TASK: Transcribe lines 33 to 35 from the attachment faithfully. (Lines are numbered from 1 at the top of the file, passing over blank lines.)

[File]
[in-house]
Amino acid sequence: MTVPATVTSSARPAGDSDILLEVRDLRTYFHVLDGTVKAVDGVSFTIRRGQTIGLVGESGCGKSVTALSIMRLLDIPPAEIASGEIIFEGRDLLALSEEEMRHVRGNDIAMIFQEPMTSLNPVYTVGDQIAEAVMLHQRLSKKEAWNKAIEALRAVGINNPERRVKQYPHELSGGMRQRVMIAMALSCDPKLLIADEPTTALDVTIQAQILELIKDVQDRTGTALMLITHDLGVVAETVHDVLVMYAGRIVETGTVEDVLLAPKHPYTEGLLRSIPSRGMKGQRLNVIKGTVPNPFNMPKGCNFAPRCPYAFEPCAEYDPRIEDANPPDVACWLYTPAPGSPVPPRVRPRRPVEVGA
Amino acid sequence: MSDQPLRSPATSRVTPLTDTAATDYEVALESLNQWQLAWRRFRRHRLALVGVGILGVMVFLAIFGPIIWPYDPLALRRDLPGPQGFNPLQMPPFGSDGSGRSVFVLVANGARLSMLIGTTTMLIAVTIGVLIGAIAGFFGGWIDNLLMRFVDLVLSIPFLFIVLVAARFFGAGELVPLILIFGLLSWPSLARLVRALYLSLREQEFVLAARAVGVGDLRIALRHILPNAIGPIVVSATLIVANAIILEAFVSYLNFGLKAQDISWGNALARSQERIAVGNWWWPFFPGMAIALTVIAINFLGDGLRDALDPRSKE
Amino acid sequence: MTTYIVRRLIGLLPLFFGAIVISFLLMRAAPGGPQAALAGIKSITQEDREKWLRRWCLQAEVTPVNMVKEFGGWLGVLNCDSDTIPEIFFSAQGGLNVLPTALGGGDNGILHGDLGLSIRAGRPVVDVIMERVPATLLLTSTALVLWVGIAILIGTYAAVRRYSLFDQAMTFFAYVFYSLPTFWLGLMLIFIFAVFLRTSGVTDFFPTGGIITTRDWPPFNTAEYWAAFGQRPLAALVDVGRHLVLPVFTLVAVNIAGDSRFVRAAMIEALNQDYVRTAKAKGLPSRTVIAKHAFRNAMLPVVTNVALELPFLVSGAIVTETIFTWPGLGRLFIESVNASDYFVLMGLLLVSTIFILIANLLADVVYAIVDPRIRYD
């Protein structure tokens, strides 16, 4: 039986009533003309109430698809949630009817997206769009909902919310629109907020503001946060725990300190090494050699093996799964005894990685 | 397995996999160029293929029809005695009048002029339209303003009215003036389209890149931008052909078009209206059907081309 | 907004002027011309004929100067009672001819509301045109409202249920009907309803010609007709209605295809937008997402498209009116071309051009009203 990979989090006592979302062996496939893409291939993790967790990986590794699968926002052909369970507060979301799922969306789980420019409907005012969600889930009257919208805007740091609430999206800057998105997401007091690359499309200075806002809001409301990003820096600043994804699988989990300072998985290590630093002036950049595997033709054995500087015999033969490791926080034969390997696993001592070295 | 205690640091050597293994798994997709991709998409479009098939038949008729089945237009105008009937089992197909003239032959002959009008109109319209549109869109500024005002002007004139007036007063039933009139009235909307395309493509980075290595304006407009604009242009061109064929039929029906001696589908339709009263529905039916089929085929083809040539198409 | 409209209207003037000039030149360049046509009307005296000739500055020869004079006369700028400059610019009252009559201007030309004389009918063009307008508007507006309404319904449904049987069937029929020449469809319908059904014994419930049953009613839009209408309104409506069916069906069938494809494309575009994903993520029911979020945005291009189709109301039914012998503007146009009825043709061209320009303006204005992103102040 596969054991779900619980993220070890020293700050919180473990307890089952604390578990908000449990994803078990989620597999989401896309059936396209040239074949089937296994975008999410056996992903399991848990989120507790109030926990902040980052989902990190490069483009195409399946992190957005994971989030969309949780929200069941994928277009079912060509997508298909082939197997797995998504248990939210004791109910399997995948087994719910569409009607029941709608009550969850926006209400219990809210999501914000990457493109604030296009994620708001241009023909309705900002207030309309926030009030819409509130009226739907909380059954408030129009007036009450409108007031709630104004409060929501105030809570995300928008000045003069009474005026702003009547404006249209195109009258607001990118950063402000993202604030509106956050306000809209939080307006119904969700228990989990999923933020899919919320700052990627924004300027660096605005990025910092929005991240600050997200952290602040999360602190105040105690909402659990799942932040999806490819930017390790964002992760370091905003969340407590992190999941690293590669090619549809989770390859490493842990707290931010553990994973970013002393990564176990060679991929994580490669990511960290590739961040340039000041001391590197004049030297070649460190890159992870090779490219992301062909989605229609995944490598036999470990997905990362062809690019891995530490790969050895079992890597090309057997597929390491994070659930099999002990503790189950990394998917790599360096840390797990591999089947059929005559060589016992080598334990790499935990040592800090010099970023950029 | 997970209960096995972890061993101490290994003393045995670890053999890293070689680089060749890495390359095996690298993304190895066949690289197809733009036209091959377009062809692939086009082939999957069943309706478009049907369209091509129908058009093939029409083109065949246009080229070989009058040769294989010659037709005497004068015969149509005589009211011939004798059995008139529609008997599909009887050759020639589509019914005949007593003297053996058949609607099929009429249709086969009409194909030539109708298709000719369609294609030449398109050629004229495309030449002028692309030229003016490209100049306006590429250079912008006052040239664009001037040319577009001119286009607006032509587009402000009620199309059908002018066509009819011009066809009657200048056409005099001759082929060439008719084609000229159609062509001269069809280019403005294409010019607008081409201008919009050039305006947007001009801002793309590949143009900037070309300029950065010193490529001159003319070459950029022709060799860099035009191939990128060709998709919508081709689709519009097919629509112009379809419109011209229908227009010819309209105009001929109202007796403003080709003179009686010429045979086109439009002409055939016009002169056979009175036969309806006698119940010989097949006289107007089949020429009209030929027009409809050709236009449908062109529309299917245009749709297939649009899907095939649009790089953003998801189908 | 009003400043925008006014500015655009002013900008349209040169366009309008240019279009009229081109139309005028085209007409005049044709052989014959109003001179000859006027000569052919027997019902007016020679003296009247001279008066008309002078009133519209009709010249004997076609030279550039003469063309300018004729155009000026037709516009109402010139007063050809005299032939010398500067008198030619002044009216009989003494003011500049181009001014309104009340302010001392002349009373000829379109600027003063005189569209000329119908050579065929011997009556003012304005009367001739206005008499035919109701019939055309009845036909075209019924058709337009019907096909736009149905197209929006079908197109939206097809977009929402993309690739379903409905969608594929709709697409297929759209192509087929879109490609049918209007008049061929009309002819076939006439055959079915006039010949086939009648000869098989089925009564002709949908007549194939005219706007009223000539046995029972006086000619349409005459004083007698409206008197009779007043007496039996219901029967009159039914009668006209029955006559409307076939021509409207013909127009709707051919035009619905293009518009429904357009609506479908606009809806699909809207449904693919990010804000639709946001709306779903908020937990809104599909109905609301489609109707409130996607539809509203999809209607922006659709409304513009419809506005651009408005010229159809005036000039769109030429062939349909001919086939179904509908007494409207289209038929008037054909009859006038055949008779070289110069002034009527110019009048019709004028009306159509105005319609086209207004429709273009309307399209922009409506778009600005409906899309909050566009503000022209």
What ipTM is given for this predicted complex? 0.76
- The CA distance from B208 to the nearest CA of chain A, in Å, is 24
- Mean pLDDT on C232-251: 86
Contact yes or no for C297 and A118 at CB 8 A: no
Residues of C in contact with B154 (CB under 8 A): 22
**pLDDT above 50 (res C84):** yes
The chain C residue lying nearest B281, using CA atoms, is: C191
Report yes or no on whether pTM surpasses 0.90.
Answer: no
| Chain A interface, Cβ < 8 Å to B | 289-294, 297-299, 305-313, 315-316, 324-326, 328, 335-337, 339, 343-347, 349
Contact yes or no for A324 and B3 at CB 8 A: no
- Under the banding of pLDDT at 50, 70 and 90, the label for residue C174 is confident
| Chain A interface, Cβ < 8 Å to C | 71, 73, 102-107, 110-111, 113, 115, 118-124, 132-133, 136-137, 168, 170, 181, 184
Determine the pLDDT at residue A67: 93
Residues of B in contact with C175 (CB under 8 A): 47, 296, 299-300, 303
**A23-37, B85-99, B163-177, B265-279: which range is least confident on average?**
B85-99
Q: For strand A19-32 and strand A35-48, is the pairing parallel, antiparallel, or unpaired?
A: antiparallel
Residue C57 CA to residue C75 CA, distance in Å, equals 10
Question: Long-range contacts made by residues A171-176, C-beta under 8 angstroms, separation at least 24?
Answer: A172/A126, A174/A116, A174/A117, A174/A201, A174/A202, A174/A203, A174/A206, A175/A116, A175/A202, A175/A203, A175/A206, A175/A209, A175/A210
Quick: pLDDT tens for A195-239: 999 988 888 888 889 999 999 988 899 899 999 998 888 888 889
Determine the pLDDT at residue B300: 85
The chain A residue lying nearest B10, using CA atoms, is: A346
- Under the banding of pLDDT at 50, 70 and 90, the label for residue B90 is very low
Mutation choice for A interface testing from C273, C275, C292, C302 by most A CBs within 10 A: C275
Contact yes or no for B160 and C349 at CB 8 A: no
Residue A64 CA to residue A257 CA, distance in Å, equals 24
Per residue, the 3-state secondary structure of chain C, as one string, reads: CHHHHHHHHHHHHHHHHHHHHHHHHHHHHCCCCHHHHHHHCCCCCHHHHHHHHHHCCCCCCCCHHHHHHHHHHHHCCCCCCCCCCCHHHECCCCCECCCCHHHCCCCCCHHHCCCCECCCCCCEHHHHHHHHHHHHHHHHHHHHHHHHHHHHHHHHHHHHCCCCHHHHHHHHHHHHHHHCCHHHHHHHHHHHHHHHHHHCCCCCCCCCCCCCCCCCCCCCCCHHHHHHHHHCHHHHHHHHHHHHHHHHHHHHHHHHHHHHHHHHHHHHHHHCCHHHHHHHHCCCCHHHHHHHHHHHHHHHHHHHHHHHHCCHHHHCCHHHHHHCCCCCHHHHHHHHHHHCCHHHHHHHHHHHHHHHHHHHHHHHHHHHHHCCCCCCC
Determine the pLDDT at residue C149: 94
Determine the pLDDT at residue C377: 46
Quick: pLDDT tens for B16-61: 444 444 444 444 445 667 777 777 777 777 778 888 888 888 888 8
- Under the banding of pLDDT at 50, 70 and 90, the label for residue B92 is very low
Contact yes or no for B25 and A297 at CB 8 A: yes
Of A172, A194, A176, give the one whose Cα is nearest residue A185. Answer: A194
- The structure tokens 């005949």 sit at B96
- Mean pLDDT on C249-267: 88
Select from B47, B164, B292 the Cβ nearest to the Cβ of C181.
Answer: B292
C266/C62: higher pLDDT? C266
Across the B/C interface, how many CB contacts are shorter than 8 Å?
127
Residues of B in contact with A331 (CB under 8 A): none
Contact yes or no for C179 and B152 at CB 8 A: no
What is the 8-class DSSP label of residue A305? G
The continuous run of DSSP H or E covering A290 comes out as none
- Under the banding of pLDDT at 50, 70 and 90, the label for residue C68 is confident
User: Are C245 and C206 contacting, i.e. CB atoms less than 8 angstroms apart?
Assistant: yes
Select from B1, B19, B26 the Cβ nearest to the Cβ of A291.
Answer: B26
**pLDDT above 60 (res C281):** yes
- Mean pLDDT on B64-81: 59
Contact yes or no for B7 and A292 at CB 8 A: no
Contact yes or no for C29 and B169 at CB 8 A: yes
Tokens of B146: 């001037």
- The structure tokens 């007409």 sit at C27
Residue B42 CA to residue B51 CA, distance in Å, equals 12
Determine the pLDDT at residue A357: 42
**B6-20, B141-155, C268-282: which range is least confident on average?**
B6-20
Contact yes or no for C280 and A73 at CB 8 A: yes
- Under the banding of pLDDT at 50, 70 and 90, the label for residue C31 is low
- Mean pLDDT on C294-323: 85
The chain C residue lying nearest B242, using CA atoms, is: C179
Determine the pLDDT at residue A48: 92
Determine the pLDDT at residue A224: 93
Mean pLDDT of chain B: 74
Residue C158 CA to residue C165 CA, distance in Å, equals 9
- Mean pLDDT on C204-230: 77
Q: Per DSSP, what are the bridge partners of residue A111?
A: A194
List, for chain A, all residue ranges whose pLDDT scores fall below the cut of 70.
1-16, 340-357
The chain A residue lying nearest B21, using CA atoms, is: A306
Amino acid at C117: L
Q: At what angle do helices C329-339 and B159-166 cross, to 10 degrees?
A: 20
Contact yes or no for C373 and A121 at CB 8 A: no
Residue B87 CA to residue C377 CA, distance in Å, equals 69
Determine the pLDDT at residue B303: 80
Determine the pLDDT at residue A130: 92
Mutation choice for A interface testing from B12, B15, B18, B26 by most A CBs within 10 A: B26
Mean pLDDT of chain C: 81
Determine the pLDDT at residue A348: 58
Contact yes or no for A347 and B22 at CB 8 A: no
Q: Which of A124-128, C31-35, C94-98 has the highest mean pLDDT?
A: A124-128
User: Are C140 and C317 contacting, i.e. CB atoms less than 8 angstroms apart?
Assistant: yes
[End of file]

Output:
Contact yes or no for B160 and C349 at CB 8 A: no
Residue A64 CA to residue A257 CA, distance in Å, equals 24
Per residue, the 3-state secondary structure of chain C, as one string, reads: CHHHHHHHHHHHHHHHHHHHHHHHHHHHHCCCCHHHHHHHCCCCCHHHHHHHHHHCCCCCCCCHHHHHHHHHHHHCCCCCCCCCCCHHHECCCCCECCCCHHHCCCCCCHHHCCCCECCCCCCEHHHHHHHHHHHHHHHHHHHHHHHHHHHHHHHHHHHHCCCCHHHHHHHHHHHHHHHCCHHHHHHHHHHHHHHHHHHCCCCCCCCCCCCCCCCCCCCCCCHHHHHHHHHCHHHHHHHHHHHHHHHHHHHHHHHHHHHHHHHHHHHHHHHCCHHHHHHHHCCCCHHHHHHHHHHHHHHHHHHHHHHHHCCHHHHCCHHHHHHCCCCCHHHHHHHHHHHCCHHHHHHHHHHHHHHHHHHHHHHHHHHHHHCCCCCCC